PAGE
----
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I was enabled by sextant observations to fix the latitude of Maralbashi at 39° 46' 25" N.
Nine miles to the north-east of Maralbashi is a ,huge black rock, apparently basaltic, with a treble peak, rising to a height of some 2,500 feet above the plain. It is very rugged and quite inaccessible and forms a conspicuous landmark. It is called " Pir Shereh Kuddum Moortaza Ali Tagh," "the Prophet Ali's footstep." At its foot on the north side is a Mazar of great sanctity. The Aksu road runs within a mile of it, and travellers on catching sight of the shrine dismount and say a prayer.
From Charwagh I was asked to come on to Tumchuk, some miles further on the Aksu road. As nothing had been said about it before leaving Kashghar, I decided not to do so, and had reason to repent my decision. On returning to Kashghar I was told that at Tumchuk are the ruins of a very ancient stone city. It happened that on one occasion while shooting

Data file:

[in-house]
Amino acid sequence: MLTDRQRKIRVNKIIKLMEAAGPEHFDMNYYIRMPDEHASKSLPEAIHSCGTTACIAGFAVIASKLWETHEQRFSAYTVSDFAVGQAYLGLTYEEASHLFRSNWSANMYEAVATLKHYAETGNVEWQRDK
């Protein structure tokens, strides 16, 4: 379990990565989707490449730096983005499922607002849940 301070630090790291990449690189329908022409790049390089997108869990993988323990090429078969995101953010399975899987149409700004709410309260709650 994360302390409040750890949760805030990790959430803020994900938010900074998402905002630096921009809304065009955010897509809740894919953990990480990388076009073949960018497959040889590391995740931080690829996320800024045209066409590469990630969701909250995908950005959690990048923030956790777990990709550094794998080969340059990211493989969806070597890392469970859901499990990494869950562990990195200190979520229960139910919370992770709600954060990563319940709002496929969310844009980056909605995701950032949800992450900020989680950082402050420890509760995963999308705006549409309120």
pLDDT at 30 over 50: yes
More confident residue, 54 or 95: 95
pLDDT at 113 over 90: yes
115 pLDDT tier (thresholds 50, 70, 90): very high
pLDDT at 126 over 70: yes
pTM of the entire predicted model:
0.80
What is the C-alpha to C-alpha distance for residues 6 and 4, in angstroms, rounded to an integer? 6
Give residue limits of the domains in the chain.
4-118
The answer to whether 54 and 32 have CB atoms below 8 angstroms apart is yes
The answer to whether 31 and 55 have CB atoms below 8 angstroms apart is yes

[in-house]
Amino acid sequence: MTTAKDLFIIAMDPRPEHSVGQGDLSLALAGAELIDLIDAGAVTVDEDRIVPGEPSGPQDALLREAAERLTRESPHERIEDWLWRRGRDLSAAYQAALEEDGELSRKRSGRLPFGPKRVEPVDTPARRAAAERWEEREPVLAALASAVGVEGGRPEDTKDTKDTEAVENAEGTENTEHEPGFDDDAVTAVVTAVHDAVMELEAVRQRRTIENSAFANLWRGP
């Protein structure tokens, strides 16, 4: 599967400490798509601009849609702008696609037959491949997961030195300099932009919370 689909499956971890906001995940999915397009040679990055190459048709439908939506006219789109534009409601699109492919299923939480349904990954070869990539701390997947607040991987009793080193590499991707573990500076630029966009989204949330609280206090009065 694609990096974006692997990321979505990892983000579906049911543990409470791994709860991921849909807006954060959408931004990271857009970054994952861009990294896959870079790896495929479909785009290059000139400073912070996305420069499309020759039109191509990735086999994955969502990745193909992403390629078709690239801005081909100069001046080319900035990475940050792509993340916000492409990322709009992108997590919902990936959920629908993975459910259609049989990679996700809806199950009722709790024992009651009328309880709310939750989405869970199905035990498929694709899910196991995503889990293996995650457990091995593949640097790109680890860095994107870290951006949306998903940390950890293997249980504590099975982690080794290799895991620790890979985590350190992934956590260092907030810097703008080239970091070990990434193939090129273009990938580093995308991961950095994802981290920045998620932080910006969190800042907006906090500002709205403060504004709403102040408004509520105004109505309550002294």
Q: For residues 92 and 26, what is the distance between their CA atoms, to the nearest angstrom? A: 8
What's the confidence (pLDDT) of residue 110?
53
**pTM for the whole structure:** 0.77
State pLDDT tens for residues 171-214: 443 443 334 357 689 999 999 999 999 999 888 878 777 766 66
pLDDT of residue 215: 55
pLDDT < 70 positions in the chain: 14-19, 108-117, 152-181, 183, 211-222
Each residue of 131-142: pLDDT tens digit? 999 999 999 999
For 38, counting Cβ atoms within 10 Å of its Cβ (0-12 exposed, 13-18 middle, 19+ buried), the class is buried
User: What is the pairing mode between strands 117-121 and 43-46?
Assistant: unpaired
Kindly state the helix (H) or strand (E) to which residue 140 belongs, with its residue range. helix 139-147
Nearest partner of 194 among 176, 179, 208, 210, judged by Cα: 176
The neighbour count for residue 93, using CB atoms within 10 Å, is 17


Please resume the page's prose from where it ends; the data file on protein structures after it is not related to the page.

I came upon a hewn stone looking like part of an hexagonal pillar, but though I made several enquiries of the men with me, none of them said a word about the ruined city. I also noticed that the jungles contained many signs showing that at one time there had been considerable cultivation.
The country round Maralbashi is well watered, and the soil rich, and seems only to want population.
The stages beyond Charwagh on the Aksu road were given me as follows by the Mulla Samsakh, who told me that there was a robat at each stage :—
I returned to Kashghar on the 23rd January in five marches from Maralbashi. The day before I left I paid a visit to Ata Bai in the fort, and thanked him for all the civility I had experienced, presenting him at the same time with a pair of binoculars and a pound of English powder. He presented me in return with a pony, and the next morning a man overtook me on the march with a trained hawk, also sent me as a present.
No attempt was made at any time in any way to control or direct my movements. I received whatever supplies I was in need of, and was treated by all officials with the greatest civility.